Swallowing assessment in primary brain tumor patients with dysphagia

Herbert B. Newton, Cheryl Newton, Dennis Keith Pearl, Tracy Davidson

Research output: Contribution to journalArticle

22 Citations (Scopus)

Abstract

Dysphagia is a common problem in patients with neurologic disease and is often associated with significant morbidity and mortality. To evaluate primary brain tumor patients who complained of dysphagia, we adapted grading scales for severity of complaint and level of alertness (scale of 1 to 4) and bedside swallowing assessment and videofluoroscopic examination (scales of 1 to 5). Over 13 months, we prospectively screened 117 patients for dysphagia. Seventeen of these (14.5%) complained of dysphagia (mean age, 50.2 years; range, 20 to 75); an additional six control patients were studied from a group with no dysphagic complaints. Scoring for severity of complaint (mean, 2.3) and level of alertness (mean, 2.2) was mild-moderate in the majority of patients. Eleven of 17 patients scored ≥ grade 3 (mean 3.2, moderate impairment, requiring supervision) on bedside testing, and six of seven scored ≥ grade 3 (mean 3.8, moderate-moderately severe abnormality, trace or frequent aspiration) during videofluoroscopic evaluation. Bedside testing scores of the study group differed significantly (p < 0.001) from those of the control group. Level of alertness correlated strongly with bedside (r = 0.794) and videofluoroscopic (r = 0.780) scoring. Primary brain tumor patients with dysphagia are likely to have impairment of swallowing out of proportion to their complaints and therefore are at risk for aspiration and nutritional compromise. We recommend that these patients undergo formal swallowing assessment followed by rehabilitation or implementation of alternative feeding methods.

Original languageEnglish (US)
Pages (from-to)1927-1932
Number of pages6
JournalNeurology
Volume44
Issue number10
StatePublished - 1994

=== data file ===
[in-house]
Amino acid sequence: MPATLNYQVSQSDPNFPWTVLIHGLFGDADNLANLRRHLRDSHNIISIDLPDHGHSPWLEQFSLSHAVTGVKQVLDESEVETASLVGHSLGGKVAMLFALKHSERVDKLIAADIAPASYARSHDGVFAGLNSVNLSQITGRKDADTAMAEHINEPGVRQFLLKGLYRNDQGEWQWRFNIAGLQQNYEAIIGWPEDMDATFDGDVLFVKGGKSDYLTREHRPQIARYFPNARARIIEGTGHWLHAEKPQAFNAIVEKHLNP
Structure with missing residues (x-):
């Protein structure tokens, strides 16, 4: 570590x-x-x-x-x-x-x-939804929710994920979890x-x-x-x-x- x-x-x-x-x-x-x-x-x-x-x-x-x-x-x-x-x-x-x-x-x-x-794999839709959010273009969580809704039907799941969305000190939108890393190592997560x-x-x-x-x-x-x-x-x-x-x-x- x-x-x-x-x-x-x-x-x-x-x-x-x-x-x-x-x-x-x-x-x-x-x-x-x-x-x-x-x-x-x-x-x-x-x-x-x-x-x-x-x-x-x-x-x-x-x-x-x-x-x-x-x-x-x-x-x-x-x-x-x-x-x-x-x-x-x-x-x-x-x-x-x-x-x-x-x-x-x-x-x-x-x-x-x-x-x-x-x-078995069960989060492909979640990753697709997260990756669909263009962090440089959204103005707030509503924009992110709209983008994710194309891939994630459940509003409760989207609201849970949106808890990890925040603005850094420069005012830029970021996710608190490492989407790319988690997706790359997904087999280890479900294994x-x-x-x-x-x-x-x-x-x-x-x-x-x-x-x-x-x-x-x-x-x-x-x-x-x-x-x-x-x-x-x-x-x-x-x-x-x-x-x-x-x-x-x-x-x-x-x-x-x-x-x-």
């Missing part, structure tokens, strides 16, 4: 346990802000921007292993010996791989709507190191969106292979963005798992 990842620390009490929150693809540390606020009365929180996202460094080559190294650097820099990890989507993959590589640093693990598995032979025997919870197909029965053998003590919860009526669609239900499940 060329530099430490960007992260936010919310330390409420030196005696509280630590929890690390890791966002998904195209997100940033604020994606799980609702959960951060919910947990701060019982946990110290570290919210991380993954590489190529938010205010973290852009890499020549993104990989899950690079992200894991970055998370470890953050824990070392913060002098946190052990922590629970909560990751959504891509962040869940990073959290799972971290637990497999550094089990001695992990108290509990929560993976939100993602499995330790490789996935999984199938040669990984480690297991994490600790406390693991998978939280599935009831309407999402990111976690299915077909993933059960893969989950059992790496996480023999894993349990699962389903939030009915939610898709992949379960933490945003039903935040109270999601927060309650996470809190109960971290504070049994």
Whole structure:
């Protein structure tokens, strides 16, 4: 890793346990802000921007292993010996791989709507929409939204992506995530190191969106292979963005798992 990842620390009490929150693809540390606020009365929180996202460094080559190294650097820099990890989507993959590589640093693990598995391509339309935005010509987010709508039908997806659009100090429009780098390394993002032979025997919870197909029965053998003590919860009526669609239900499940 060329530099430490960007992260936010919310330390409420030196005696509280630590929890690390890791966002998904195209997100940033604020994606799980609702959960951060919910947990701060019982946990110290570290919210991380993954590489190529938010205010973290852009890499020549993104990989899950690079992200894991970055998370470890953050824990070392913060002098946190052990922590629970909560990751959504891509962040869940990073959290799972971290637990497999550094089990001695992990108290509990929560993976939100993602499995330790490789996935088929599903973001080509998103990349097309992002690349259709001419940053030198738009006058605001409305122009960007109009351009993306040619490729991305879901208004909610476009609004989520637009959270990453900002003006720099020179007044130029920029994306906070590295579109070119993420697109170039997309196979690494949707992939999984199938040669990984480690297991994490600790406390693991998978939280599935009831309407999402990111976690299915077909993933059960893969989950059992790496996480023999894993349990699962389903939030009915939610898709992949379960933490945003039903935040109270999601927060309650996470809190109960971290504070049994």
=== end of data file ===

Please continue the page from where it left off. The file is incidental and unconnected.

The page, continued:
Fingerprint

Deglutition
Deglutition Disorders
Brain Neoplasms
Feeding Methods
Dysphagia
Brain Tumor
Nervous System Diseases
Rehabilitation
Morbidity
Control Groups
Mortality
Complaints

All Science Journal Classification (ASJC) codes

  • Arts and Humanities (miscellaneous)
  • Clinical Neurology
  • Neuroscience(all)

Cite this

Newton, H. B., Newton, C., Pearl, D. K., & Davidson, T. (1994). Swallowing assessment in primary brain tumor patients with dysphagia. Neurology, 44(10), 1927-1932.
Newton, Herbert B. ; Newton, Cheryl ; Pearl, Dennis Keith ; Davidson, Tracy. / Swallowing assessment in primary brain tumor patients with dysphagia. In: Neurology. 1994 ; Vol. 44, No. 10. pp. 1927-1932.
@article{94d4817ca3f5481d9ac3f856a847511f,
title = "Swallowing assessment in primary brain tumor patients with dysphagia",
abstract = "Dysphagia is a common problem in patients with neurologic disease and is often associated with significant morbidity and mortality. To evaluate primary brain tumor patients who complained of dysphagia, we adapted grading scales for severity of complaint and level of alertness (scale of 1 to 4) and bedside swallowing assessment and videofluoroscopic examination (scales of 1 to 5). Over 13 months, we prospectively screened 117 patients for dysphagia. Seventeen of these (14.5{\%}) complained of dysphagia (mean age, 50.2 years; range, 20 to 75); an additional six control patients were studied from a group with no dysphagic complaints. Scoring for severity of complaint (mean, 2.3) and level of alertness (mean, 2.2) was mild-moderate in the majority of patients. Eleven of 17 patients scored ≥ grade 3 (mean 3.2, moderate impairment, requiring supervision) on bedside testing, and six of seven scored ≥ grade 3 (mean 3.8, moderate-moderately severe abnormality, trace or frequent aspiration) during videofluoroscopic evaluation. Bedside testing scores of the study group differed significantly (p < 0.001) from those of the control group. Level of alertness correlated strongly with bedside (r = 0.794) and videofluoroscopic (r = 0.780) scoring. Primary brain tumor patients with dysphagia are likely to have impairment of swallowing out of proportion to their complaints and therefore are at risk for aspiration and nutritional compromise. We recommend that these patients undergo formal swallowing assessment followed by rehabilitation or implementation of alternative feeding methods.",
author = "Newton, {Herbert B.} and Cheryl Newton and Pearl, {Dennis Keith} and Tracy Davidson",